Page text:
And then the unthinkable occurred. Almost 12 years to the day after her son Uriel was killed, there was another knock at the door. Another army liaison team appeared in order to bring bitter news. Her second born son, Eliraz, was killed in a battle with terrorists on the Gaza border. When Miriam realized why there were guests in army uniforms at her door, she refused to allow anyone to open the door. “As long as they didn’t enter and give me official notice, my son was still alive. I wanted to preserve that.” But it was a short-lived reprieve from the awful reality that now faced Miriam and her remaining children: they had suffered another loss.
Miriam and her sons. On far right is
Eliraz z"l killed in battle near Gaza
Miriam explains, “Until this time, I thought I was protected by the death of my first son. I was sure my other sons in military service were safe – how could tragedy strike me twice? But I was wrong.”
Miriam now had four grandchildren without a father and young daughter-in-law suddenly a widow. Miriam describes that she went through stages of anger, despair and acceptance. “Eventually I came to realize that I was powerless over what had happened. I couldn’t bring back my sons. We don’t decide when we are born or when we leave this world. But I have the ability to wake up each day and live a purposeful life. My son would be so grateful to come back for one minute to hear his now toddler son say ‘abba. So how can I not appreciate having another minute of life?”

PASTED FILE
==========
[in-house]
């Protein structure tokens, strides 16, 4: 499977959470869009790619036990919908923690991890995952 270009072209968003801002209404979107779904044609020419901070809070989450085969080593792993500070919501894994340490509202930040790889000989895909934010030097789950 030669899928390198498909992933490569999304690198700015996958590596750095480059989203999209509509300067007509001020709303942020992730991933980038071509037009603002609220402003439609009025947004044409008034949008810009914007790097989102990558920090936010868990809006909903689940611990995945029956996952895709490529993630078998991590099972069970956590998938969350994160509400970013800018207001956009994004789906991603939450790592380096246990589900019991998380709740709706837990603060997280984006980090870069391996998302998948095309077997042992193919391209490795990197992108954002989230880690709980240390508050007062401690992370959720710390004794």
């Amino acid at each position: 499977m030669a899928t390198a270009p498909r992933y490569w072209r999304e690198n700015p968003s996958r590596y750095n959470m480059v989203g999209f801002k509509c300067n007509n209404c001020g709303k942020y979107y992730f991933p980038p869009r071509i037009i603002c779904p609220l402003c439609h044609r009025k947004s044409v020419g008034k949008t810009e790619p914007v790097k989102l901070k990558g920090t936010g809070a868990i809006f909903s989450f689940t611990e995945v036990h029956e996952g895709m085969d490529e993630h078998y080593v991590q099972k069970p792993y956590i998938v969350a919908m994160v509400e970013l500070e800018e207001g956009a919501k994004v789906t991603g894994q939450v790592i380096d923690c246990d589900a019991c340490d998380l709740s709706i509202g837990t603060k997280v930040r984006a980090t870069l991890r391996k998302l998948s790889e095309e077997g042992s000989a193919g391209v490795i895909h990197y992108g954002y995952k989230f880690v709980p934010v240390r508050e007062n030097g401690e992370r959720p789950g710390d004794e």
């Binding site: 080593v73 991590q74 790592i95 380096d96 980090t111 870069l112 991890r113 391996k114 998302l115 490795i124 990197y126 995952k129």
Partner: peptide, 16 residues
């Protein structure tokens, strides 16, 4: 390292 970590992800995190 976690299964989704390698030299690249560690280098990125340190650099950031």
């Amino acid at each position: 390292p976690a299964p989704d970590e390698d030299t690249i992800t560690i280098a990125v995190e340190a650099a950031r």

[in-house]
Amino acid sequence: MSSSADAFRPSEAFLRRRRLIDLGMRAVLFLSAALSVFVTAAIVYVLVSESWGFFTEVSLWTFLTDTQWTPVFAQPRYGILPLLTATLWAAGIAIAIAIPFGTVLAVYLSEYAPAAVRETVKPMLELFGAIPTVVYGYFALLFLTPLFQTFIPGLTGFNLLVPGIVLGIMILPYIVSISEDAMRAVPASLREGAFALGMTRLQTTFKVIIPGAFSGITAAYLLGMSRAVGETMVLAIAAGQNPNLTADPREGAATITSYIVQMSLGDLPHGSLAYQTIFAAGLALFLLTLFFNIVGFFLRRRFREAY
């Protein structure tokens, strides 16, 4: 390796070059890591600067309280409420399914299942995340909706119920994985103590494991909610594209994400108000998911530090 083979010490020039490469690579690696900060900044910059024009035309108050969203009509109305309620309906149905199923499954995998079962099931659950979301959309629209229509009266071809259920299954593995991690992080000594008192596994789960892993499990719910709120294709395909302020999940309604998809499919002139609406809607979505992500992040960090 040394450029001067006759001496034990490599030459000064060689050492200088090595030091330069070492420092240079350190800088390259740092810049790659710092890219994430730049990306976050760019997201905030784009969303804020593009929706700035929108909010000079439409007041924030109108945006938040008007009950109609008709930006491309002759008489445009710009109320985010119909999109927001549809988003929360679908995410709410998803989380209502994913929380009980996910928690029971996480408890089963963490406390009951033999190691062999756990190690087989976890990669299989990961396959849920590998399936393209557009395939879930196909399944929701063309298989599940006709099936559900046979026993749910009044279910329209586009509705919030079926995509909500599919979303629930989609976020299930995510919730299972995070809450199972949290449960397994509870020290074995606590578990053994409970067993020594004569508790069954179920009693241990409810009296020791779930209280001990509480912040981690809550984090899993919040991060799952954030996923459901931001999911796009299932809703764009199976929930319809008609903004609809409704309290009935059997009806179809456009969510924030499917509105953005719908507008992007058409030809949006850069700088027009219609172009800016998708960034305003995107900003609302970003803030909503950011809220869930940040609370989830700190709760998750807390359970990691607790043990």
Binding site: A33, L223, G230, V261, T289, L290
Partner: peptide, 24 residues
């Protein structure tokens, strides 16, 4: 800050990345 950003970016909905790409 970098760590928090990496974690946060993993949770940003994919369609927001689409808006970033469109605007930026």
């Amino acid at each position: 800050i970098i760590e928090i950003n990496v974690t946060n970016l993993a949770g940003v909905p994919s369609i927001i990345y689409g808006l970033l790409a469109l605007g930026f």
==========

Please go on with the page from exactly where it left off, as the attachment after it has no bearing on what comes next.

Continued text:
“Each day I make the choice again: I will live.”
Miriam is the first to admit it is not an easy mission. “No question, I would be justified in staying in bed most days. And I feel like doing that on some days. But I keep moving. There is so much I can do in this life. I concentrate on having gratitude. I can speak. I can walk. These are not small things. How many people can’t do that? Each day I make the choice again: I will live.”
And Miriam is incredibly active. She speaks weekly to hundreds of IDF soldiers. She visits bereaved families who have suffered the loss of a loved one in the IDF. Miriam volunteers her time with a variety of organizations and causes. Trying to pin her down for an interview or meeting is no easy feat with her packed schedule.
Miriam has become well-known and beloved to Israelis of all types. A brief walk with her will inevitably lead to meeting people who ask for a hug or for a few words of encouragement. Her smile and patience seem to open hearts. Her painful experiences and daily choice to keep living have become an example to so many. “Don’t give up.” she whispers while stroking a cheek, “We have a choice each day. Some will be bad days. But many will be good. So keep living!” she shares. And, through tears, hesitant smiles begin to appear. It seems the message of “If I can do it, so can you” is registering. Some hope has been restored. And with a hug and smile, Miriam leaves to continue with her daily mission: To live.
Miriam Peretz’s story is a journey of determination, faith and heartbreaking tragedy, much like the tale of modern Israel. Miriam’s Song (Gefen Publishing) tells her story, and depicts how one woman experienced unspeakable tragedies yet courageously chose to live a life of hope while inspiring a nation. Miriam has become an Israeli national symbol of grief and resilience. Click here to order.